The frittata was pretty simple, and pretty. It was also entirely improvisatory, and as such did not need a recipe; an outline would be enough to reproduce it.
We began by revisiting the duck rillettes, watercress, and toast we had enjoyed the night before, because, for one, the frittata would not be large; two, I knew that, once opened, the pâté should be consumed earlier rather than later; and three, because once again we had some great bread for toast, A ‘Compagne’, or traditional sourdough, from Bien Cuit Bakery via Foragers Market (this time I used my trusty ‘Camp-A-Toaster‘ to make the toast, and the results were perfect).
The peppers, which were at the center of the frittata, were gorgeous; I didn’t want to pass up the chance of including a picture here.
- three large sweet long yellow-orange peppers from Campo Rosso Farm, seeds and pith removed, slivered and chopped, sautéed in olive oil until soft inside a heavy, seasoned, cast iron pan, followed by some chopped garlic from Willow Wisp Farm and most of a finely-chopped small red Calabrian pepper from Campo Rosso Farm, both heated until also soft, after which 8 eggs from Millport Dairy Farm (whipped with salt, pepper, a tablespoon of milk, and more than half a dozen chopped herbs from various local farms) were poured into the pan and allowed to cook over a lowered flame for a few minutes, or until most of the egg had cooked, during which time the surface was sprinkled with a bit of homemade French Basque piment d’Espellate (which arrived in our kitchen via a farm in a small town north of Baie-Comeau, Quebec) and slices of one ripe green heirloom tomato from Stokes Farm, the frittata finished in the broiler, and served on plates where the sections were sprinkled with fennel flowers from Mountain Sweet Berry Farm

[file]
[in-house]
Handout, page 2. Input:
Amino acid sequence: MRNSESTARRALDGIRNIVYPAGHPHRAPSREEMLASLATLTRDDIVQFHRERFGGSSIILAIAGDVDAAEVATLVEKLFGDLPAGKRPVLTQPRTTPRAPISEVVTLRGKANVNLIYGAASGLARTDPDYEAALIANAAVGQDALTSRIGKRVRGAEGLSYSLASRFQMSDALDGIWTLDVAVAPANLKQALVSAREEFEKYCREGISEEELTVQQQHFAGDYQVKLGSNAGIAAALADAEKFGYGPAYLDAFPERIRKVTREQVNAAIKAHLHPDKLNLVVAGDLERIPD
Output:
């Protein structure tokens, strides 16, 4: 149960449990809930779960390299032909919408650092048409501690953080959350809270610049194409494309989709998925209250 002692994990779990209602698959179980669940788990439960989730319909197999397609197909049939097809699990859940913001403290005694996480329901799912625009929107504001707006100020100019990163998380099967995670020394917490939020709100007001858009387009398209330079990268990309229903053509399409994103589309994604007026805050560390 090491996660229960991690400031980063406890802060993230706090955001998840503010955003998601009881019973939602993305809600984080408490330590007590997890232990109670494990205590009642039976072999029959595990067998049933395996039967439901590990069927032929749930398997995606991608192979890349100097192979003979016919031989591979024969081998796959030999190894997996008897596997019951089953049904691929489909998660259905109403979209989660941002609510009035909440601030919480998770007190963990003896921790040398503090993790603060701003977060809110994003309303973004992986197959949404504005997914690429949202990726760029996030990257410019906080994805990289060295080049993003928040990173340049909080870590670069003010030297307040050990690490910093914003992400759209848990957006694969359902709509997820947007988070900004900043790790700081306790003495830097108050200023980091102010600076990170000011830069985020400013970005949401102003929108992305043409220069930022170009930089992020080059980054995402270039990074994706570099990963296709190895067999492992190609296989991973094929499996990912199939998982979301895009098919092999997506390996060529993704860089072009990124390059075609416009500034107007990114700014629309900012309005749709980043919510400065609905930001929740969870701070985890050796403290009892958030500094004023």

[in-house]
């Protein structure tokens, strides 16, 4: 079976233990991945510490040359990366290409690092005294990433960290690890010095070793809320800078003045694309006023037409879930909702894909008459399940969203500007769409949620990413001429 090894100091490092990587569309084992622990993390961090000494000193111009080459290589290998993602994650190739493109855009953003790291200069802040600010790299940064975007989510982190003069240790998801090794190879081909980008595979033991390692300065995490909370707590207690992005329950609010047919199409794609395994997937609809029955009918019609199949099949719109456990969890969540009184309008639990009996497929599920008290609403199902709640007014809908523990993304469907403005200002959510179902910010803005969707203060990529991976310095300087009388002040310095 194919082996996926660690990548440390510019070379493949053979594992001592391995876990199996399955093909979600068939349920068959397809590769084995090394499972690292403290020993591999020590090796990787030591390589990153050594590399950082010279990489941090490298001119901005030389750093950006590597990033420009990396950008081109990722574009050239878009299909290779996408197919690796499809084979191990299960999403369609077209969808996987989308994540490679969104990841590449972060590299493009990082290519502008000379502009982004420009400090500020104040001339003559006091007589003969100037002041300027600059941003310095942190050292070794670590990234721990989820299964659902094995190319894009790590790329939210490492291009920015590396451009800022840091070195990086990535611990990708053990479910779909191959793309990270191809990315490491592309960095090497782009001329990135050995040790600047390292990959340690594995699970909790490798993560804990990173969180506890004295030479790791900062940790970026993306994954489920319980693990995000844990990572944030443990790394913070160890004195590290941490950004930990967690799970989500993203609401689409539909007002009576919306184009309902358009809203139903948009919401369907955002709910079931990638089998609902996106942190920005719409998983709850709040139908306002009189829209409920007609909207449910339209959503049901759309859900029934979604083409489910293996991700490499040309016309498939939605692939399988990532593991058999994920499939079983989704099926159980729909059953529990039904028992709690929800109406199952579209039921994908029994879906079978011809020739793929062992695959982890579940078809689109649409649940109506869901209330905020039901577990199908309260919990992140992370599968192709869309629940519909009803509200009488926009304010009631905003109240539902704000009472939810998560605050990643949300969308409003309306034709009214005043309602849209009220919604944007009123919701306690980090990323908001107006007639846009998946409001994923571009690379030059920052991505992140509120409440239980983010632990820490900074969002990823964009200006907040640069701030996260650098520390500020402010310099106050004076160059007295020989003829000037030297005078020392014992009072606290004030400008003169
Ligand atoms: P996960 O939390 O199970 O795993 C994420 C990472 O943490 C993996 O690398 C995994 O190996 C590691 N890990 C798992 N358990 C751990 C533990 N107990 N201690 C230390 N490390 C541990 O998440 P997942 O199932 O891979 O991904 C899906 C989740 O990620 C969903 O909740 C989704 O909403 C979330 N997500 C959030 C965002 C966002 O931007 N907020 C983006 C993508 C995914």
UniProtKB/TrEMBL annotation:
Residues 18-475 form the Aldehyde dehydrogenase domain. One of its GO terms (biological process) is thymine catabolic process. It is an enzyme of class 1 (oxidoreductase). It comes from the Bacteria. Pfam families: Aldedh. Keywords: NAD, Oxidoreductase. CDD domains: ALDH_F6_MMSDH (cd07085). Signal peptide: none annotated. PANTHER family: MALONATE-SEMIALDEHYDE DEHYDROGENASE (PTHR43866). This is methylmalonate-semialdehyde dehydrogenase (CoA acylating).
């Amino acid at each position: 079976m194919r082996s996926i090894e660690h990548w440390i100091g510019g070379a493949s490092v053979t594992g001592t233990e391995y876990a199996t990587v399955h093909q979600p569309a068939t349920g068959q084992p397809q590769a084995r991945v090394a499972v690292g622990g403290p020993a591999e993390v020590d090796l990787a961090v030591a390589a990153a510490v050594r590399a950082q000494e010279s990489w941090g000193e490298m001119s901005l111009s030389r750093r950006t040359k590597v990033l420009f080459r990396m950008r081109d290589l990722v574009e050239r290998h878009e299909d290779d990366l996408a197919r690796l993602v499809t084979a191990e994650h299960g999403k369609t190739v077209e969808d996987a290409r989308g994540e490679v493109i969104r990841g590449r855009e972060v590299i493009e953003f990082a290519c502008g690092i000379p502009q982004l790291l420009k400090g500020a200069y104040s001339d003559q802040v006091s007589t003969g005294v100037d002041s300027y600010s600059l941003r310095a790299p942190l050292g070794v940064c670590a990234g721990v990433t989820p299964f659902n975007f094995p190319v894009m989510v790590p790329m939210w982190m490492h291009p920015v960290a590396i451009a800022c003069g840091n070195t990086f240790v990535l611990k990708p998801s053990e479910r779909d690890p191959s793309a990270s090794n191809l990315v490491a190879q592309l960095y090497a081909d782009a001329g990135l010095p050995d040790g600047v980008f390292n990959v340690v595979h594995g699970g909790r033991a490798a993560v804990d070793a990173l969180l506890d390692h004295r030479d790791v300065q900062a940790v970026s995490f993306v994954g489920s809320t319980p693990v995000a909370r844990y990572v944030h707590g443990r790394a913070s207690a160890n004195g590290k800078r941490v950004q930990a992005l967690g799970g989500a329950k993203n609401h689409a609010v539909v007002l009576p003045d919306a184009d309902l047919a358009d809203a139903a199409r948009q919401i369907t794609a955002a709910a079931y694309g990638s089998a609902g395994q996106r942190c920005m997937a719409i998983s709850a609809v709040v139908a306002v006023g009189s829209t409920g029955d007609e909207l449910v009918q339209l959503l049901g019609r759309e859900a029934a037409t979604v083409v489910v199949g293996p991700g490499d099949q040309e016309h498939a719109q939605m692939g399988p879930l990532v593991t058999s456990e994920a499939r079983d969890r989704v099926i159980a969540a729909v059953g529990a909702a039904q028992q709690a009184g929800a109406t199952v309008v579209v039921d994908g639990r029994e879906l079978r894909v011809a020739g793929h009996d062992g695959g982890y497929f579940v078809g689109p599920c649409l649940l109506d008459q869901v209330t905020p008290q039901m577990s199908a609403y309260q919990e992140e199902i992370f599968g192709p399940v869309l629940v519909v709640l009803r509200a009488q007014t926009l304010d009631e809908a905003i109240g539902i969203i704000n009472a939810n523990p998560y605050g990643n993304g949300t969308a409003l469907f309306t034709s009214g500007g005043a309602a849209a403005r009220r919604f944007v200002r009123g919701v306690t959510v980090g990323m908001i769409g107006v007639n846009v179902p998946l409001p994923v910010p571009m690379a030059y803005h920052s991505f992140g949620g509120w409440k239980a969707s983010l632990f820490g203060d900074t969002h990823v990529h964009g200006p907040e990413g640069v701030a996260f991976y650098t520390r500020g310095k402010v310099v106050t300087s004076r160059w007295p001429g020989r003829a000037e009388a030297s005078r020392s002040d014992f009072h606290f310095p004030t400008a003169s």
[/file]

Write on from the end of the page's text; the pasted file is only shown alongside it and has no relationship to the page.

- the wine was a California (Lodi) red, Jacqueline Bahue Cabernet Franc Lodi 2014, which is now out of stock
- the music was Pat Muchmore’s ‘BABEL fragments’, a section of which I heard on Q2 Music streaming last week, introducing me to this composer’s work for the first time
I’ve prepared these crab cakes, according to a quick search on this site, 15 times before, so we obviously see something in them. One of those things is the fact that they can be, and always have been, pretty much reinvented each time.
This time it got a little elaborate, although thanks to flavor elements and garnishes which were either already prepared or leftover from earlier meals, it was as easy as ever.